October 21, 2021

Personalizing care

Margaret Towolawi, ’10, adopts a new model for health care that promotes closer doctor-patient relationships.


September 11, 2021

Friend to veterans

Dentistry professor Theresa Cheng leads a nonprofit organization that connects veterans with resources and employment opportunities.


Eyes on the goal

Sociology Professor Alexes Harris, ’97, works closely with UW Athletics to help student-athletes succeed.


It's oral history

From the Bagley Hall attic to global outreach: The School of Dentistry celebrates 75 years.


Art and exploration

“Fly Your Own Thing,” a celebration of the late Alden Mason, ’42, ’47, is on exhibit at the Bellevue Arts Museum.


September 8, 2021

Visual music

Through the interplay of light with her creations, artist Barbara Earl Thomas creates ‘ordinary magic.’ Her extraordinary work explores childhood, race and religion.


September 4, 2021

Hope and healing

A researcher combats cancer with the help of UW doctors and tools developed by his colleagues.


The Nisei story

‘Boys in the Boat’ author Daniel James Brown’s new book depicts the heroism of World War II-era Japanese Americans.


Meals & memories

Two decades after Tom Stockley and his wife, Peggy, perished in a plane crash, their daughters curate a new book of his eating pleasures.


Anderson honored

James G. Anderson, '66, will receive the 2021 Dreyfus Prize in the Chemical Sciences.


Jewell on faculty

Former Interior Secretary Sally Jewell, ’78, was appointed to the Edward V. Fritzky Endowed Chair in Leadership for the 2021-2022 school year.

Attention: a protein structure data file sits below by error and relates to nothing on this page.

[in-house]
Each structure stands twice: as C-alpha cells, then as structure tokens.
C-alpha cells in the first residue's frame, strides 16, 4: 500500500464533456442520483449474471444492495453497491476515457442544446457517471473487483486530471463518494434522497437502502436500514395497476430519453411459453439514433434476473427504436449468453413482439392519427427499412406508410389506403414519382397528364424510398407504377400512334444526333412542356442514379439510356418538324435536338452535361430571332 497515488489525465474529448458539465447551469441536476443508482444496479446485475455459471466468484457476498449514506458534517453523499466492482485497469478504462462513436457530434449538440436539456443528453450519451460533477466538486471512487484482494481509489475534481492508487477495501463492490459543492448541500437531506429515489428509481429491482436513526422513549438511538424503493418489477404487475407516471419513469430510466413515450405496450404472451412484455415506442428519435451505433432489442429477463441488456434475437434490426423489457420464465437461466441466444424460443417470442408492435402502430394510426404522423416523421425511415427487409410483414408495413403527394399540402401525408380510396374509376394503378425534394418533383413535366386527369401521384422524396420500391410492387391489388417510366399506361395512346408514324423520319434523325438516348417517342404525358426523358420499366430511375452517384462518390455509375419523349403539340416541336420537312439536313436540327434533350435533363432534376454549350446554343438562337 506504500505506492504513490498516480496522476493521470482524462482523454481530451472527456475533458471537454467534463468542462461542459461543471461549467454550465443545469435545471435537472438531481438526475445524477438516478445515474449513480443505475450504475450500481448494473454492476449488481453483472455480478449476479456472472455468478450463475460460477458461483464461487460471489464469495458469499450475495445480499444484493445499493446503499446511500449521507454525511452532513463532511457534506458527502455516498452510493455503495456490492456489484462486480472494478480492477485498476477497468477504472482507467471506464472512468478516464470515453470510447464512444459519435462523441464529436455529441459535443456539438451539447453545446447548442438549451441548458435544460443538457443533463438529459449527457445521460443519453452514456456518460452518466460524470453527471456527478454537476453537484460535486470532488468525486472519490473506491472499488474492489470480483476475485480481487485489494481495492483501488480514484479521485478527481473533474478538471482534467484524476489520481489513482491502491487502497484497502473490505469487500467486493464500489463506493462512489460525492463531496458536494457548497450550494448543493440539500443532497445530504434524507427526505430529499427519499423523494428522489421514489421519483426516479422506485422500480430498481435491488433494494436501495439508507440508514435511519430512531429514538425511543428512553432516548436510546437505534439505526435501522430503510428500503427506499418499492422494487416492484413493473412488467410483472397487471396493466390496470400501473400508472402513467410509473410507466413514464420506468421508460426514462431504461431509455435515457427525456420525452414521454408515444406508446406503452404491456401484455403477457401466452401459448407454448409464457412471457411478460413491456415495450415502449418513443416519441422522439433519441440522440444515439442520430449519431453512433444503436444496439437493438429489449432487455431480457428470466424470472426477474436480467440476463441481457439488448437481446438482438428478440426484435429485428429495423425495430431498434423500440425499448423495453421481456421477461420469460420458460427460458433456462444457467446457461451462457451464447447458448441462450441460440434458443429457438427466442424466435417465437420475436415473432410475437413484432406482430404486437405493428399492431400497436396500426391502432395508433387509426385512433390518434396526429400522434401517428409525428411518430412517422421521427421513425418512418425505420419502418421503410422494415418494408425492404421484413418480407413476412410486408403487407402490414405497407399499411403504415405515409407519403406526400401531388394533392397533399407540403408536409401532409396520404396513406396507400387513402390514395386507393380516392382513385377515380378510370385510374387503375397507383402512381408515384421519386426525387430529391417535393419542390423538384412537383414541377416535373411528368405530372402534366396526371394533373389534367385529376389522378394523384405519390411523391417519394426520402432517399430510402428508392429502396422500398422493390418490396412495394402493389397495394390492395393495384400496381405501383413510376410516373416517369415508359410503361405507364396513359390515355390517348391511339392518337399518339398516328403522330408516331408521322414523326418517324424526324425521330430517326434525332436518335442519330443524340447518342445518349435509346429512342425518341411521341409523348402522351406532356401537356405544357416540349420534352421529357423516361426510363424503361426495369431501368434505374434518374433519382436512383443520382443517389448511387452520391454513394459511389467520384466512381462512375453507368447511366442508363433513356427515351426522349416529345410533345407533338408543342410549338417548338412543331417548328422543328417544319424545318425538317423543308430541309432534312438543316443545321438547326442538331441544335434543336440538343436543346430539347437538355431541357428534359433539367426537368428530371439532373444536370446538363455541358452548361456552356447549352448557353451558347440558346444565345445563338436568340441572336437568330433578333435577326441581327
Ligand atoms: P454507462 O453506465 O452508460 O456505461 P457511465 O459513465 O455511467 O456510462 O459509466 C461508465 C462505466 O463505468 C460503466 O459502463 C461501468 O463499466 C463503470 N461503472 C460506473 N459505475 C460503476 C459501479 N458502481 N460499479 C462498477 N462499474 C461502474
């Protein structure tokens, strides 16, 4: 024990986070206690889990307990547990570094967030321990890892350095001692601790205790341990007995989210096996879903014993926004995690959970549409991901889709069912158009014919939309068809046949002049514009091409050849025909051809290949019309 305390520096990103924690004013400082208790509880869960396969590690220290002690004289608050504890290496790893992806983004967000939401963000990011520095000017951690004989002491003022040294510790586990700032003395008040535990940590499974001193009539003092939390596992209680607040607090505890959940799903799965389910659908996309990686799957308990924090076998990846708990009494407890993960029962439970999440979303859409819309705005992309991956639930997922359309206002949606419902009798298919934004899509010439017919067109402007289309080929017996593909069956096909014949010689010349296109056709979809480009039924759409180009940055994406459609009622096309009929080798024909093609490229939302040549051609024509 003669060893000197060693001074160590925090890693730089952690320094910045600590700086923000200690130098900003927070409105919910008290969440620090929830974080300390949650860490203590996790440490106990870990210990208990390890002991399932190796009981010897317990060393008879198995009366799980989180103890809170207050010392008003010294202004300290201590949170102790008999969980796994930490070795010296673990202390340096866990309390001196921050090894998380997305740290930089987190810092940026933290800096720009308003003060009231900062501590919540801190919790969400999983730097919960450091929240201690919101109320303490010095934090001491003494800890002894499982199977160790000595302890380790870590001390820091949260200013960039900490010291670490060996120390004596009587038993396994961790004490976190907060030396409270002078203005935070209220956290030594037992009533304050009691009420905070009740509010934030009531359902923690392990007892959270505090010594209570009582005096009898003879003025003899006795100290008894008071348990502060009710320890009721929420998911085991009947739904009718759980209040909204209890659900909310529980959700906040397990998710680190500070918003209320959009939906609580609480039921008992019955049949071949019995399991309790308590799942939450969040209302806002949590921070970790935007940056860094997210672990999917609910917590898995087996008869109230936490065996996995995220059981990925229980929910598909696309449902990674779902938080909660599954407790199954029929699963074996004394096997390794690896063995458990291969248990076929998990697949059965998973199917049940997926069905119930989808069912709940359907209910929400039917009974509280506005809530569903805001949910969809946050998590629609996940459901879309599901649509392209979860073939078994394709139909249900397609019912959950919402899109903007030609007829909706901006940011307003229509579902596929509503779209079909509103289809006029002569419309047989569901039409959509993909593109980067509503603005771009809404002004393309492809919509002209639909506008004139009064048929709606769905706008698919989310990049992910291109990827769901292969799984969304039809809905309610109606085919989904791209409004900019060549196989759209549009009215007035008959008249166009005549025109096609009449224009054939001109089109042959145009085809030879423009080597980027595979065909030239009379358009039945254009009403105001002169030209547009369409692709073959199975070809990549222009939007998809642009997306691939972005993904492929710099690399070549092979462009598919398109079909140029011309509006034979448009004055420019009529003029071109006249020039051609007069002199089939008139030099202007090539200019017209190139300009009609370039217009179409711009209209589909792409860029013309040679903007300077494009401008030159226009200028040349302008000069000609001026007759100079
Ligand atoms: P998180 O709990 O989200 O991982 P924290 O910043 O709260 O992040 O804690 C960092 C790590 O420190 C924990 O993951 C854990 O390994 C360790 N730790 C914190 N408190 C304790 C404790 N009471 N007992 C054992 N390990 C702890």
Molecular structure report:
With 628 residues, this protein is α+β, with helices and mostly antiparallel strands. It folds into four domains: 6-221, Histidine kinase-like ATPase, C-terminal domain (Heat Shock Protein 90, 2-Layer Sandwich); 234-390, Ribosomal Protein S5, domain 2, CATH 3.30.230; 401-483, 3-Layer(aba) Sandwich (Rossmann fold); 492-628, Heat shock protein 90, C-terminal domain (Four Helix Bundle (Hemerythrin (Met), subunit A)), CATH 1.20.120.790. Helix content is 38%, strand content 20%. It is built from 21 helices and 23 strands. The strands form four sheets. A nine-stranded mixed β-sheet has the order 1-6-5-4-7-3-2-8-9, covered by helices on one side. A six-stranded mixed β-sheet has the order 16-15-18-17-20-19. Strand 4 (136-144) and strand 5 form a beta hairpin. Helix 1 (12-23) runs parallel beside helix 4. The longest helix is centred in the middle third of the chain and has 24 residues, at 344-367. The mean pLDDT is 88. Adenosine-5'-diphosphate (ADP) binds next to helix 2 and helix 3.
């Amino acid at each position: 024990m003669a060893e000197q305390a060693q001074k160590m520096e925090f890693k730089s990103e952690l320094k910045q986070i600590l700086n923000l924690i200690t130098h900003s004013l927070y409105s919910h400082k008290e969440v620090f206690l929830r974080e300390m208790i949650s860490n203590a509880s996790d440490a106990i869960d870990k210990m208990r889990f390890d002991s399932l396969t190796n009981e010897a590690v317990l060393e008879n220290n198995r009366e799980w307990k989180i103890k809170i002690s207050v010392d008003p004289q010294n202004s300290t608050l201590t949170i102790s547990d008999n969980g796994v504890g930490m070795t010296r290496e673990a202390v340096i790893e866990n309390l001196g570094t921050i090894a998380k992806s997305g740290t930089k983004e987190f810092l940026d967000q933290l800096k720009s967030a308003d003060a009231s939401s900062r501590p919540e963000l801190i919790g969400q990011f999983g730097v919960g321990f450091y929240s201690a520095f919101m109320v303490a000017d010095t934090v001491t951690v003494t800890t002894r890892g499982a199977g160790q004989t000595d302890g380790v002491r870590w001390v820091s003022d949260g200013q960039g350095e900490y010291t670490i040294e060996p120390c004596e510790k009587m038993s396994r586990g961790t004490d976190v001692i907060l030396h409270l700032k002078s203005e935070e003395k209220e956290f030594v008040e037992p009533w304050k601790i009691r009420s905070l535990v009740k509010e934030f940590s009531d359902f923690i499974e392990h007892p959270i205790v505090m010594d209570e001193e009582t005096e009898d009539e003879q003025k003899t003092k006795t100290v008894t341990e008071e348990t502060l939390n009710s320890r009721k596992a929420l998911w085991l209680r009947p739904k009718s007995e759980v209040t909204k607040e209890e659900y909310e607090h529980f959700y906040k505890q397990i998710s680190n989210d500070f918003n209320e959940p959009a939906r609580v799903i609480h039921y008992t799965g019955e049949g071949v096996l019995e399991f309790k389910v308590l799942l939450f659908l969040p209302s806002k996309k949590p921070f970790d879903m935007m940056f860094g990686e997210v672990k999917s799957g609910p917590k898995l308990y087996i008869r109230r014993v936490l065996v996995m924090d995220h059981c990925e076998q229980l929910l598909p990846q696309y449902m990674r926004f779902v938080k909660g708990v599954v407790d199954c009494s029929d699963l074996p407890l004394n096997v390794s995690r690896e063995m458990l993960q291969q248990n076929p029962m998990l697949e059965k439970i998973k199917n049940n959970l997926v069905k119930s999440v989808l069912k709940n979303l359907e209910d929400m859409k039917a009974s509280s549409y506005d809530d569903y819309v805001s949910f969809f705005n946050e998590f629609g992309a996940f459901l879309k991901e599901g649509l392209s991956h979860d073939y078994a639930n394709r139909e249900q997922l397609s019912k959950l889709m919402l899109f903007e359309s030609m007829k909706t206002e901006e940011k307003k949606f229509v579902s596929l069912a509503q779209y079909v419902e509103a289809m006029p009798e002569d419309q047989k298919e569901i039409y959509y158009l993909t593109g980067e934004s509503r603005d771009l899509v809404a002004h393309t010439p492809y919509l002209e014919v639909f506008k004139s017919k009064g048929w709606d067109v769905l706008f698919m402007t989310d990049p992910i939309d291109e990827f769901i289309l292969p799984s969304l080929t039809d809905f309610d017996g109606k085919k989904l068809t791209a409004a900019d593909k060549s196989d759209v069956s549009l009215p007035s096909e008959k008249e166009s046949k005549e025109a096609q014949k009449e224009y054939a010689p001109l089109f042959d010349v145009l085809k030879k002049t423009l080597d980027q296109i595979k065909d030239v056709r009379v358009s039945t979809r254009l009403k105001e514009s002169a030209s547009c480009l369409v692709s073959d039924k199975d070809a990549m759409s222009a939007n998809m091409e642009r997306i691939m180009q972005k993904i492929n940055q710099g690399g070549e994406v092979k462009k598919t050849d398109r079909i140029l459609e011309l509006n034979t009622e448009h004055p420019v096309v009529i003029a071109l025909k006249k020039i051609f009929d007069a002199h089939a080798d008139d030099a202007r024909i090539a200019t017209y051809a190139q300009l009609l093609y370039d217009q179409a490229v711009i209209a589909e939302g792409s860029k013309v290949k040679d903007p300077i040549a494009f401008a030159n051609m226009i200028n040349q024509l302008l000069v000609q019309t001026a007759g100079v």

The ‘Renton Redhead’

Kermit Jorgensen was part of a Husky team that notched back-to-back Rose Bowl victories.


AAPI stories

A website highlights Asian American and Pacific Islander voices from our community.


A life in design

Nin Truong brings creativity and sustainability to the world of public art, skateboarding and apparel.


August 31, 2021

A distinguished legacy

Thaddeus Spratlen was a trailblazing business educator, a prolific scholar, a mentor and role model for generations of students.


Land of fire and smoke

Ernesto Alvarado will be the first to tell you: You can’t suppress all of a region’s fires when they’re as much a part of the ecology as its flora and fauna.


Global vision

Stan Barer, recipient of the 2021 Gates Volunteer Service Award, used his UW Law degree to help make the world a better place.


A name that stuck

Cassandra Amesley, ’77, ’81, made ‘Red Square’ catch on and etched her name in Husky history.


Higher purpose

After his NFL career, Mark Pattison kept pursuing athletic feats. He recently climbed Mount Everest to complete the Seven Summits challenge, raising more than $56,000 for charity.


9.11.01: I was there

Two alumni who escaped the horror of Ground Zero bravely share their stories of trauma and hope.


August 12, 2021

Seizing the moment

Whether we’re together in person or using technology to bridge the distance, the UW Alumni Association is about making connections.


July 22, 2021

A fresh lens on QTPOC life

Through feature films, groundbreaking documentaries and shorts, a UW librarian creates a canon of meaningful representation in American cinema.


June 21, 2021

Professors nonpareil

One year into remote learning, these seven distinguished scholars kept class as fresh and relevant as ever. Find a seat and meet your 2021 Distinguished Teachers of the Year.